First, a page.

* Erich Kordt recounted the German origins of Mussolini’s proposals in his testimony before U.S. Military Tribunal IV at Nuremberg on June 4, 1948, in the case of U.S.A. v. Ernst Weizsaecker. Documents on German Foreign Policy, II, p. 1005, gives a summary from the official trial transcript. Kordt also tells the story in his book Wahn und Wirklichkeit, pp. 129–31. Dr. Schmidt (Hitler’s Interpreter, p. 111) substantiates Kordt’s account and remarks that translating the Duce’s proposals “was easy” because he had already translated them the day before in Berlin. Ciano, the Italian Foreign Minister, in a diary entry of September 29–30 from Munich, tells of Mussolini producing his document “which in fact had been telephoned to us by our Embassy the previous evening, as expressing the desires of the German Government.” (Ciano’s Hidden Diary, 1937–38, p. 167.)

* The agreement was dated September 29, though not actually signed until the early-morning hours of September 30. It stipulated that the German occupation “of the predominantly German territory” should be carried out by German troops in four stages, from October 1 through October 7. The remaining territory, after being delimited by the “International Commission,” would be occupied “by October 10.” The commission was to consist of representatives of the four Big Powers and Czechoslovakia. Britain, France and Italy agreed “that the evacuation of the territory shall be completed by October 10, without any existing installations having been destroyed, and that the Czechoslovak Government will be held responsible for carrying out the evacuation without damage to the said installations.”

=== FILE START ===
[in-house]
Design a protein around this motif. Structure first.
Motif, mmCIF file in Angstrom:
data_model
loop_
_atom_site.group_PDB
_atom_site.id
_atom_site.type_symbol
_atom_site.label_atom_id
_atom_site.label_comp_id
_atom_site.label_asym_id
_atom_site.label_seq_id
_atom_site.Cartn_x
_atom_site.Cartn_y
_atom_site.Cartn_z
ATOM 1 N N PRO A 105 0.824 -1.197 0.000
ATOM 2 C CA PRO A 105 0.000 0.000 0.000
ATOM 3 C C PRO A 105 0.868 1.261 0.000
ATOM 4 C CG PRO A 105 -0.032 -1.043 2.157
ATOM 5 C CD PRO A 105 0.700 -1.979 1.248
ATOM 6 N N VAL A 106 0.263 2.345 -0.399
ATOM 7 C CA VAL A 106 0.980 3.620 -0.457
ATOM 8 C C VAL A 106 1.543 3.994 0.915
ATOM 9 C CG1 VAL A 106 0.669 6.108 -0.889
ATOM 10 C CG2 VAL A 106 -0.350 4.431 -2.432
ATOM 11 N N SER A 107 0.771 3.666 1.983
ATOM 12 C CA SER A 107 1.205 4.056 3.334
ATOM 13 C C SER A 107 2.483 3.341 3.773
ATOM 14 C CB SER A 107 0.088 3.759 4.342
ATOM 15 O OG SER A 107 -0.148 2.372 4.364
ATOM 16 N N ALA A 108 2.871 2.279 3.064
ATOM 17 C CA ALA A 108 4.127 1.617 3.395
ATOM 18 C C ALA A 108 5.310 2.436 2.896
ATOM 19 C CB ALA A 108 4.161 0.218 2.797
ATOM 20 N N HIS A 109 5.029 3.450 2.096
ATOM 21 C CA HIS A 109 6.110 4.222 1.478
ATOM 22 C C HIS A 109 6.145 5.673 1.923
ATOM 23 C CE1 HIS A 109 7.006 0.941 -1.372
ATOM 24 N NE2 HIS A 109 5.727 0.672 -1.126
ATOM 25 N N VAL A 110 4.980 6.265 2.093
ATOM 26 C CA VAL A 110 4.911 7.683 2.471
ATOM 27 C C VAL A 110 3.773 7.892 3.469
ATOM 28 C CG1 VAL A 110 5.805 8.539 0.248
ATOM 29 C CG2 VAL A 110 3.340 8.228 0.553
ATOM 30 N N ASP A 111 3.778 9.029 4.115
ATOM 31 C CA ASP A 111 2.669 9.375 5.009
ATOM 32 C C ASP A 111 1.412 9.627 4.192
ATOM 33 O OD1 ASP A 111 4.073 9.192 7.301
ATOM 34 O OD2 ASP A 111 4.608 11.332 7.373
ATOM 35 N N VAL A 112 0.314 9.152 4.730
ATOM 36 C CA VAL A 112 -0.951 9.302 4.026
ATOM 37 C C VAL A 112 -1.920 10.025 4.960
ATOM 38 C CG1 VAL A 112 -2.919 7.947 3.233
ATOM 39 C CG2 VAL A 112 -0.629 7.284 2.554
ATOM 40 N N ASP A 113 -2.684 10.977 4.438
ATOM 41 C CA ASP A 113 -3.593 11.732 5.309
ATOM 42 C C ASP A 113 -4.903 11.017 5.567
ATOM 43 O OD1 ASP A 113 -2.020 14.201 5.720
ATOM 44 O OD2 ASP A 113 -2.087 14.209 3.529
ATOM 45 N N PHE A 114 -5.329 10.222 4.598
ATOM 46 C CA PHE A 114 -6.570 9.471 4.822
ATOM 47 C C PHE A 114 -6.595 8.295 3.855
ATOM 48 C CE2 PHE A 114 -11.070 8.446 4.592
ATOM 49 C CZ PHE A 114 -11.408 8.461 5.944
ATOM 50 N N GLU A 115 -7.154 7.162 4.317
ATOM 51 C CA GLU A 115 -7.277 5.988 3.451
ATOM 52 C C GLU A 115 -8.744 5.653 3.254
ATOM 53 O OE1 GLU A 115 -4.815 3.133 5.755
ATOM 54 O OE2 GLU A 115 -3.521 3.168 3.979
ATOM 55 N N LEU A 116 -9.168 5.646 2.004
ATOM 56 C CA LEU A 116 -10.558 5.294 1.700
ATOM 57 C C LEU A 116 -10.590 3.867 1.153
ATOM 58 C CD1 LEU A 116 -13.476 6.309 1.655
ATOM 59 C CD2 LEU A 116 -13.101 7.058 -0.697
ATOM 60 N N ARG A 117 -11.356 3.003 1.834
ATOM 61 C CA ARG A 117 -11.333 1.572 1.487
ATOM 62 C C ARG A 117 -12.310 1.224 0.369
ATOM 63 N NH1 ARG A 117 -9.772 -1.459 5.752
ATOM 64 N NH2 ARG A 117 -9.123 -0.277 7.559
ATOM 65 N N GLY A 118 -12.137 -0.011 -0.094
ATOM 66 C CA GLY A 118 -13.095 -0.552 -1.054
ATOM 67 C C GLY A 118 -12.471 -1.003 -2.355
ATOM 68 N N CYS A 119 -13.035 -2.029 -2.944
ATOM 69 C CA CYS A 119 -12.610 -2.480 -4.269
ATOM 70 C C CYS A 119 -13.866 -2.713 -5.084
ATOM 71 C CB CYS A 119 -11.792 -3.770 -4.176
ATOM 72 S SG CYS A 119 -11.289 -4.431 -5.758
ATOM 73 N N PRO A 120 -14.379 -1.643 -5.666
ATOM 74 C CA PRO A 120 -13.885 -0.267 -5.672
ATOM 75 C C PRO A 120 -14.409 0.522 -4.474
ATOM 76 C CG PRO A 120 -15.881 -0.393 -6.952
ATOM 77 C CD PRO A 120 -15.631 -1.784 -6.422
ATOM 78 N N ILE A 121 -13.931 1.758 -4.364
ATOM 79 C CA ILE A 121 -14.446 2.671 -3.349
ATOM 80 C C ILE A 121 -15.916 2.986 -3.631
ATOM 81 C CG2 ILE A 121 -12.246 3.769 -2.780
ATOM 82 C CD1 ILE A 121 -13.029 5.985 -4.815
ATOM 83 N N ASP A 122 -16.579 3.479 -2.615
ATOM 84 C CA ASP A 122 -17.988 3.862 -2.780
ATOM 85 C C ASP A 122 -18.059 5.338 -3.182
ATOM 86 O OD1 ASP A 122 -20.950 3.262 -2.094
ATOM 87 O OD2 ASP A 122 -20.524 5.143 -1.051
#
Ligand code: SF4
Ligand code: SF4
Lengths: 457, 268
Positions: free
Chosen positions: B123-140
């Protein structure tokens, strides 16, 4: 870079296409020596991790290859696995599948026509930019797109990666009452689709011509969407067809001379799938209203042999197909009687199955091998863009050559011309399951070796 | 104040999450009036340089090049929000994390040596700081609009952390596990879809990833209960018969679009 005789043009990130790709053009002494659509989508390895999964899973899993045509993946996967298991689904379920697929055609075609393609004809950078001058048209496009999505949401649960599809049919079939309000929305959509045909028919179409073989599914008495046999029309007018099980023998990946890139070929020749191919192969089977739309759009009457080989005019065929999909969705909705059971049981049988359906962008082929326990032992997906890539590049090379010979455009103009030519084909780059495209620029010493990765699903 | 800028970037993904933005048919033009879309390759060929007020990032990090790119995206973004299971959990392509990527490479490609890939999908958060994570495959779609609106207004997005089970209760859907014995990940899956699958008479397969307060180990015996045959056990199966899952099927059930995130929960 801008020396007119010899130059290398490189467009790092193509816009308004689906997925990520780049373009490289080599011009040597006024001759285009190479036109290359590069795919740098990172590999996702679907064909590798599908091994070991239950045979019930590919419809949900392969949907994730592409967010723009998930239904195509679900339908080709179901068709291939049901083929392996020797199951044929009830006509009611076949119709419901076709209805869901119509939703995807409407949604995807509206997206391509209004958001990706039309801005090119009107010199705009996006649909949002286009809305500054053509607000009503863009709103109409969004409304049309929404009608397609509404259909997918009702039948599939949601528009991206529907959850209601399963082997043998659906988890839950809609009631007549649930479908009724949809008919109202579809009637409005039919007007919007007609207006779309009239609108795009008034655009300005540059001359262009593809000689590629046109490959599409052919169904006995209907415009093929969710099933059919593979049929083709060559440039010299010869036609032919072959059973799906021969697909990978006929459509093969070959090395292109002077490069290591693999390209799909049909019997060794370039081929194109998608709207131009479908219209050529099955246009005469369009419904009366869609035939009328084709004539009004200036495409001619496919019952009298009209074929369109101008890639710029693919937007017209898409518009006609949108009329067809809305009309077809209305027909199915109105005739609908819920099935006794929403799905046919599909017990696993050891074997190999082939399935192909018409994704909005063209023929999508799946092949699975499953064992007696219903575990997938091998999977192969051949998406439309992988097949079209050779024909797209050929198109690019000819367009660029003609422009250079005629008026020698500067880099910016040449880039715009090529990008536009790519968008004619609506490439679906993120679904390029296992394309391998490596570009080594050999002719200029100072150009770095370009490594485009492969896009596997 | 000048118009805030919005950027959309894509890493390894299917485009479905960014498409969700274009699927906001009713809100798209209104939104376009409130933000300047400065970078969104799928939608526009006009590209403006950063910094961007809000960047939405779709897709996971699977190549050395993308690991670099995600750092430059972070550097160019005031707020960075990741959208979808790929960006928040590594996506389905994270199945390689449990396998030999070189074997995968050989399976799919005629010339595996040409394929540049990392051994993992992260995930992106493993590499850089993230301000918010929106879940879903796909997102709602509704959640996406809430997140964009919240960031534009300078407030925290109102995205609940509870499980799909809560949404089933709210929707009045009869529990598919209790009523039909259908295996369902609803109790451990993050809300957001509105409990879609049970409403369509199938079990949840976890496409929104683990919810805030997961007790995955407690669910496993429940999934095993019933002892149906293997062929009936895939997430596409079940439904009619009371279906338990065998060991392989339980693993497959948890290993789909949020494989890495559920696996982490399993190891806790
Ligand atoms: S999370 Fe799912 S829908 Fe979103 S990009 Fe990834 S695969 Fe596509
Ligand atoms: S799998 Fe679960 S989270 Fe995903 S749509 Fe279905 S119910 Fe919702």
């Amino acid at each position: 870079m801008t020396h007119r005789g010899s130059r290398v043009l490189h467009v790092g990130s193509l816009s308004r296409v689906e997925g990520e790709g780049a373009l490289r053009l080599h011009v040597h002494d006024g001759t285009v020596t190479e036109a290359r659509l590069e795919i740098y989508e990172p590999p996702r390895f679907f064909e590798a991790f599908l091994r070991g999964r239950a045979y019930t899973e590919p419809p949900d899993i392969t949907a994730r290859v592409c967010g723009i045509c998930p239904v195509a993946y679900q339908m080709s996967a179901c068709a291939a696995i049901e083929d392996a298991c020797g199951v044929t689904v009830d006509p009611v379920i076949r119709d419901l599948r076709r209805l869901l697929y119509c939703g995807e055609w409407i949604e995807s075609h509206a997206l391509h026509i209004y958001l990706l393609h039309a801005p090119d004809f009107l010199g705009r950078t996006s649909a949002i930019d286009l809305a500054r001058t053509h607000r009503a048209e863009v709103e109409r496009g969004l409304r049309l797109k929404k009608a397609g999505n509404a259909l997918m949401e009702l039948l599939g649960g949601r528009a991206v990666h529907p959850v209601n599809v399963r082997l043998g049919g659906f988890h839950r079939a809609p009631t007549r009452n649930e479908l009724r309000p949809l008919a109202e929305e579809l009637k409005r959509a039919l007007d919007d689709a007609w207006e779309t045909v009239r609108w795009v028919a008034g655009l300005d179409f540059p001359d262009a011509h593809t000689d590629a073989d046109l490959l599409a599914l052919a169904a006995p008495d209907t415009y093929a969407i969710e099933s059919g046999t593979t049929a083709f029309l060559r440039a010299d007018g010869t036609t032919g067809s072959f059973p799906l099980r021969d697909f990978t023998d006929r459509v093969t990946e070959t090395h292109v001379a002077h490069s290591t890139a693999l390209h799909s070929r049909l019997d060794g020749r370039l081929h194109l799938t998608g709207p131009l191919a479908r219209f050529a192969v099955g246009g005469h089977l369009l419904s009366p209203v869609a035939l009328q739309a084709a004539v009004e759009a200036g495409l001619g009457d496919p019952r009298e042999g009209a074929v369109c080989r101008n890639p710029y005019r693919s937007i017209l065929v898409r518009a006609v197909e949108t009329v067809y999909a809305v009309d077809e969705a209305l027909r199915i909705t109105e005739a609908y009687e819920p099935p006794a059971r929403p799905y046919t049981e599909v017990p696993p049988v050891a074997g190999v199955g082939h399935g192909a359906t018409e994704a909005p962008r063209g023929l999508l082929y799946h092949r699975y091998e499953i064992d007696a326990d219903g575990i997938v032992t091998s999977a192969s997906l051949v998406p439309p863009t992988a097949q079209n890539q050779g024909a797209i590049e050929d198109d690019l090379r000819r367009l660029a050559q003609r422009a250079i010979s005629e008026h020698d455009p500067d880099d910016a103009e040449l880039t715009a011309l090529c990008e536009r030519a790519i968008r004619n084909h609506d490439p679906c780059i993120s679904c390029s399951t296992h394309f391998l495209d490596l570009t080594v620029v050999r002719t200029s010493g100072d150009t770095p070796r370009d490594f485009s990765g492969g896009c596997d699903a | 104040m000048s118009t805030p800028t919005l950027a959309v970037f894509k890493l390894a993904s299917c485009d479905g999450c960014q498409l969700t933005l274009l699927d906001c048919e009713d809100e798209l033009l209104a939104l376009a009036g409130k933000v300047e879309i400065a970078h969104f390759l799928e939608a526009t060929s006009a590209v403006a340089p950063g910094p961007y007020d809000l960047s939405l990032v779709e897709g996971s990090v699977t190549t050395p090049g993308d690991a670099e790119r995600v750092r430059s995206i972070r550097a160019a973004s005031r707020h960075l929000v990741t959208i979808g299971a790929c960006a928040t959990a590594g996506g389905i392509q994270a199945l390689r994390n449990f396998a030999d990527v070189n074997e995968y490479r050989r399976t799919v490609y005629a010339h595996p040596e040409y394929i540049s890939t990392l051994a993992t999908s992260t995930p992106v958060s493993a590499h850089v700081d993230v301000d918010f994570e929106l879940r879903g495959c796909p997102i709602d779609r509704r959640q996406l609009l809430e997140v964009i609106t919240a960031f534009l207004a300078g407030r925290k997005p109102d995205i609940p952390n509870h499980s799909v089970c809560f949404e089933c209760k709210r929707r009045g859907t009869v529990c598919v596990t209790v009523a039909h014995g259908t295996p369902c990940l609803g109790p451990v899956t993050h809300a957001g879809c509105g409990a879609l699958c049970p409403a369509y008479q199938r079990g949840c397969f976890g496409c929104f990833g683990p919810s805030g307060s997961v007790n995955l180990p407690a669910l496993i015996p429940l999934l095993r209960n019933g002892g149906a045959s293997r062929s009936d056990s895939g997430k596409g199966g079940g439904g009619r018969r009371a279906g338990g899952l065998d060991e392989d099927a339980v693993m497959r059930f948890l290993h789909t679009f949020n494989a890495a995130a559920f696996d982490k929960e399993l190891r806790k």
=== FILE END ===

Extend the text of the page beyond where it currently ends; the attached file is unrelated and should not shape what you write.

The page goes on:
Further, the “International Commission” would arrange for plebiscites, “not later than the end of November,” in the regions where the ethnographical character was in doubt and would make the final determination of the new frontiers. In an annex to the accord, Britain and France declared that “they stand by their offer … relating to an international guarantee of the new boundaries of the Czechoslovak State against unprovoked aggression. When the question of the Polish and Hungarian minorities … has been settled, Germany and Italy, for their part, will give a guarantee to Czechoslovakia.”85

The pledge of plebiscites was never carried out. Neither Germany nor Italy ever gave the guarantee to Czechoslovakia against aggression, even after the matter of the Polish and Hungarian minorities was settled, and, as we shall see, Britain and France declined to honor their guarantee.

* The reference is to Disraeli’s return from the Congress of Berlin in 1878.

* Even Hitler became at least partly convinced of this after he had inspected the Czech fortress line. He later told Dr. Carl Burckhardt, League of Nations High Commissioner of Danzig, “When after Munich we were in a position to examine Czechoslovak military strength from within, what we saw of it greatly disturbed us; we had run a serious danger. The plan prepared by the Czech generals was formidable. I now understand why my generals urged restraint.” (Pertinax, The Grave Diggers of France, p. 5.)